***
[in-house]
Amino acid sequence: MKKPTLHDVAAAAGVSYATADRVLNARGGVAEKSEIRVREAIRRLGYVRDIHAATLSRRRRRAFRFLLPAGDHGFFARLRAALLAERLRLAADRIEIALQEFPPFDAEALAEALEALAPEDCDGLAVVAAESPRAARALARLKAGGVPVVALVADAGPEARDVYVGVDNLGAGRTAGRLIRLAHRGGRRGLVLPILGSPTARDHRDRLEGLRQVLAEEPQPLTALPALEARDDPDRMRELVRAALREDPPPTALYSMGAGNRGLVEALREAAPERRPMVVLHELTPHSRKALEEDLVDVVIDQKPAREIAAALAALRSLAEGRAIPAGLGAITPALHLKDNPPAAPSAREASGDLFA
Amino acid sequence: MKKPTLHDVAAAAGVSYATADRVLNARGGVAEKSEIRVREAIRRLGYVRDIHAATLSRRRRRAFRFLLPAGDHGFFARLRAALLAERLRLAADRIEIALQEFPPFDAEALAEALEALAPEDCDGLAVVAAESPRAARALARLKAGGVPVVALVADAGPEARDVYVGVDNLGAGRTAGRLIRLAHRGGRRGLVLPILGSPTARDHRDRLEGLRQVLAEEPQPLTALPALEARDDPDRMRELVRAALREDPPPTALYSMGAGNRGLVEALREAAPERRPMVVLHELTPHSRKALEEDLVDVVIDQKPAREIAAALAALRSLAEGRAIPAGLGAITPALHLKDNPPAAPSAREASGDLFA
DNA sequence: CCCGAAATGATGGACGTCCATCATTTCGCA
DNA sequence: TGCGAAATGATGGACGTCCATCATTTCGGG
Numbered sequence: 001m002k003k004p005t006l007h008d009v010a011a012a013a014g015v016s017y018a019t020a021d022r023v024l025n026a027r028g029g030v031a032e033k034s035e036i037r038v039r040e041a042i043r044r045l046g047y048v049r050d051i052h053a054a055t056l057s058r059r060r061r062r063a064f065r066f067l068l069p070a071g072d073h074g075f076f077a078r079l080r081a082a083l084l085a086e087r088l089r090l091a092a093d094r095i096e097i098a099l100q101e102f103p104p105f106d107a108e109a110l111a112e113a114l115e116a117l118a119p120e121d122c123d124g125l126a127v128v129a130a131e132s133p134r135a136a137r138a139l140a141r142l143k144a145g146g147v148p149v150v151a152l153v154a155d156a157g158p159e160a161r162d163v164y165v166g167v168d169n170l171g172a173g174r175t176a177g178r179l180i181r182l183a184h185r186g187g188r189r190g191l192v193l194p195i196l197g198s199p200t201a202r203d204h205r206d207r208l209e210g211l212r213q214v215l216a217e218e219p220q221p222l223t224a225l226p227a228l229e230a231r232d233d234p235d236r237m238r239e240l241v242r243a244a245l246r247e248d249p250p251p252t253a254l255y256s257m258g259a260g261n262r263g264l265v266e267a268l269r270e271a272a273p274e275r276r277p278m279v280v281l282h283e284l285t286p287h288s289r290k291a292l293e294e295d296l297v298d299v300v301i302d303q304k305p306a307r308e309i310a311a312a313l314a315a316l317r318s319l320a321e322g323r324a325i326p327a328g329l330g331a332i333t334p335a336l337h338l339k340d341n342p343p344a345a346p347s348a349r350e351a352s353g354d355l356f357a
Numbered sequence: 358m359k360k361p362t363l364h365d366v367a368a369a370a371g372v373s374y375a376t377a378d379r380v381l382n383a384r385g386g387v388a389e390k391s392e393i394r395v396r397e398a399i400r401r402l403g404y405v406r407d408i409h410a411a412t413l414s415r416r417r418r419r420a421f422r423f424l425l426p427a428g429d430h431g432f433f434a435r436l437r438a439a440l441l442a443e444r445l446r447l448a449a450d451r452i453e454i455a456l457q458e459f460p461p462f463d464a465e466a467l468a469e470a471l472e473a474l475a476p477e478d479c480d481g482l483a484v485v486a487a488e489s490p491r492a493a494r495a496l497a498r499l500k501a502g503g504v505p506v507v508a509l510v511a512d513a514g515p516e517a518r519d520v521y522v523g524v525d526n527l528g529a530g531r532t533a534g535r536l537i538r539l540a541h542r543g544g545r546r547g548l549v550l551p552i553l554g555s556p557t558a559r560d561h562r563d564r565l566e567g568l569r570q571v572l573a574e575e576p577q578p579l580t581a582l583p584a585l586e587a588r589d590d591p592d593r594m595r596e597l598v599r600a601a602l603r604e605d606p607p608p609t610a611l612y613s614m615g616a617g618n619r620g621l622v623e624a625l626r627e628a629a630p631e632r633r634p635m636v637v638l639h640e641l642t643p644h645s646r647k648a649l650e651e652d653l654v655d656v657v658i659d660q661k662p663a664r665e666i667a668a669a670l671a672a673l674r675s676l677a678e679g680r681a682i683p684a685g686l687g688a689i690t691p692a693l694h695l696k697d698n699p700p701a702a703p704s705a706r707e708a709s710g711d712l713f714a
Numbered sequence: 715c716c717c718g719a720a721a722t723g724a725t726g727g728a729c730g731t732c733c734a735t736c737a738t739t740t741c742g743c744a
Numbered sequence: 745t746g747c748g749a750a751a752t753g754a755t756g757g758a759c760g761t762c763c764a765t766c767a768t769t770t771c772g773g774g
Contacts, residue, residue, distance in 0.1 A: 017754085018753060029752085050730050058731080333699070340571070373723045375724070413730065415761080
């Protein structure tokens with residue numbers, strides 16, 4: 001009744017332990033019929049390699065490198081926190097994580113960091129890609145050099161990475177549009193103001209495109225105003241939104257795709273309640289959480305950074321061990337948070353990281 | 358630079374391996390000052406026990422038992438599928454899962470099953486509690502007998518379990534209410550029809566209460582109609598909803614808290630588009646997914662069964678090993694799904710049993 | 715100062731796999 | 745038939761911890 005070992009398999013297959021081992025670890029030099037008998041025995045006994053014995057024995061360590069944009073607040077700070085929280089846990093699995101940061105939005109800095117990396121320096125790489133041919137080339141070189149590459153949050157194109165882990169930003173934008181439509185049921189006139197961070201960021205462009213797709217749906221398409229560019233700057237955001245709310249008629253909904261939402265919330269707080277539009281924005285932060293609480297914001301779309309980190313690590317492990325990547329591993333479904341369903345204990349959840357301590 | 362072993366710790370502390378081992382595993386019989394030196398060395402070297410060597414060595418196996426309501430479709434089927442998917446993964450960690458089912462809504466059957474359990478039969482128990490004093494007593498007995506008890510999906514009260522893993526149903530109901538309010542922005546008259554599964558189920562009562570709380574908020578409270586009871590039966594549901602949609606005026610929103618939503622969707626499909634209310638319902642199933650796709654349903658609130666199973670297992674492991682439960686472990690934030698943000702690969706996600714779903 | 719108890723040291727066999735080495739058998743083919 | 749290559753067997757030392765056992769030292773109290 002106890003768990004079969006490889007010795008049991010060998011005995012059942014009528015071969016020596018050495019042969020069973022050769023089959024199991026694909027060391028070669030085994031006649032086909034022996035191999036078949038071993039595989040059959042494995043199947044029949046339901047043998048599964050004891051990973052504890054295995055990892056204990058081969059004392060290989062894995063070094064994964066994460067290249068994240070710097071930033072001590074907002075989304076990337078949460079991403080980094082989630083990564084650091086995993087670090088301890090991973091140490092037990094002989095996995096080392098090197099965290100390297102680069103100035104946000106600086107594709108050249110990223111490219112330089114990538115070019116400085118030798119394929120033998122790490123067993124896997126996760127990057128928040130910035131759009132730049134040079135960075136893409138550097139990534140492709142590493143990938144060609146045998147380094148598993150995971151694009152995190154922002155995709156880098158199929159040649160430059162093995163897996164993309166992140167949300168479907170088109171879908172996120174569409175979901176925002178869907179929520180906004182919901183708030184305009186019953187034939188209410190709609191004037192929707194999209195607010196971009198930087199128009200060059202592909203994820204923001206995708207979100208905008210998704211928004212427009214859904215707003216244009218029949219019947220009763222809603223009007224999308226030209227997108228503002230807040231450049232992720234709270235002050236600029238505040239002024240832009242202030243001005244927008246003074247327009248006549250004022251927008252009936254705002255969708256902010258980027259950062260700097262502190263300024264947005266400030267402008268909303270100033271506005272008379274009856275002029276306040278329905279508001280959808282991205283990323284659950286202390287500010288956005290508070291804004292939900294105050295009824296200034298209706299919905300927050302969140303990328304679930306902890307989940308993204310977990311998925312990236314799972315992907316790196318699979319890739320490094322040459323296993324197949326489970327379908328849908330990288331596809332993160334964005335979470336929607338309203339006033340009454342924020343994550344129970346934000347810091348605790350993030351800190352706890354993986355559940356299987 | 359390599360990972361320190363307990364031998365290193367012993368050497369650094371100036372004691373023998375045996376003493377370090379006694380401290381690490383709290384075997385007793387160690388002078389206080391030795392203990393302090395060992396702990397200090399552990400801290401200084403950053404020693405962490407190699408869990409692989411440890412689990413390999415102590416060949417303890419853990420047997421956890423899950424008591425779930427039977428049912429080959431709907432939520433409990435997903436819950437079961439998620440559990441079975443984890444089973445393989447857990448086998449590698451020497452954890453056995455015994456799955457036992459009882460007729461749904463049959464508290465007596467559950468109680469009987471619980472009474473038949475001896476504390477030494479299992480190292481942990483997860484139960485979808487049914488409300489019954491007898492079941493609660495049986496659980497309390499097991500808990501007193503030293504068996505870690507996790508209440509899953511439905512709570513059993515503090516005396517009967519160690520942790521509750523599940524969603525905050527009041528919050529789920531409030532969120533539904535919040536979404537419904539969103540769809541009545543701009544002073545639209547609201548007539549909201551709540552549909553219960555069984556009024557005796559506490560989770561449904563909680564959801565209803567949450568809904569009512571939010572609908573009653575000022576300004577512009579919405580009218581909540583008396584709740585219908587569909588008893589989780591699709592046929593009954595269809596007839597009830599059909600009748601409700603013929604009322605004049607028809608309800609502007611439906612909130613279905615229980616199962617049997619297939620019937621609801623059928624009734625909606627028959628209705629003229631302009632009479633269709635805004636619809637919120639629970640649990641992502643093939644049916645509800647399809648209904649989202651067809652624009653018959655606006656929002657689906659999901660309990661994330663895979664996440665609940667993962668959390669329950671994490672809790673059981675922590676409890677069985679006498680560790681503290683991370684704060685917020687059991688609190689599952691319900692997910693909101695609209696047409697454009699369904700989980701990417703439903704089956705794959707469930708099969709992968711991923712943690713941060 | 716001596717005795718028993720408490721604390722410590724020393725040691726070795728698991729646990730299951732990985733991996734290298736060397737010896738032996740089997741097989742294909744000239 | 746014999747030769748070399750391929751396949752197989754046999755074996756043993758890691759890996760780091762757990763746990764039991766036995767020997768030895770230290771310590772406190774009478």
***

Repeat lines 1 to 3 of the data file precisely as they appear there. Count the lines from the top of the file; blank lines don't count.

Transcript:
[in-house]
Amino acid sequence: MKKPTLHDVAAAAGVSYATADRVLNARGGVAEKSEIRVREAIRRLGYVRDIHAATLSRRRRRAFRFLLPAGDHGFFARLRAALLAERLRLAADRIEIALQEFPPFDAEALAEALEALAPEDCDGLAVVAAESPRAARALARLKAGGVPVVALVADAGPEARDVYVGVDNLGAGRTAGRLIRLAHRGGRRGLVLPILGSPTARDHRDRLEGLRQVLAEEPQPLTALPALEARDDPDRMRELVRAALREDPPPTALYSMGAGNRGLVEALREAAPERRPMVVLHELTPHSRKALEEDLVDVVIDQKPAREIAAALAALRSLAEGRAIPAGLGAITPALHLKDNPPAAPSAREASGDLFA
Amino acid sequence: MKKPTLHDVAAAAGVSYATADRVLNARGGVAEKSEIRVREAIRRLGYVRDIHAATLSRRRRRAFRFLLPAGDHGFFARLRAALLAERLRLAADRIEIALQEFPPFDAEALAEALEALAPEDCDGLAVVAAESPRAARALARLKAGGVPVVALVADAGPEARDVYVGVDNLGAGRTAGRLIRLAHRGGRRGLVLPILGSPTARDHRDRLEGLRQVLAEEPQPLTALPALEARDDPDRMRELVRAALREDPPPTALYSMGAGNRGLVEALREAAPERRPMVVLHELTPHSRKALEEDLVDVVIDQKPAREIAAALAALRSLAEGRAIPAGLGAITPALHLKDNPPAAPSAREASGDLFA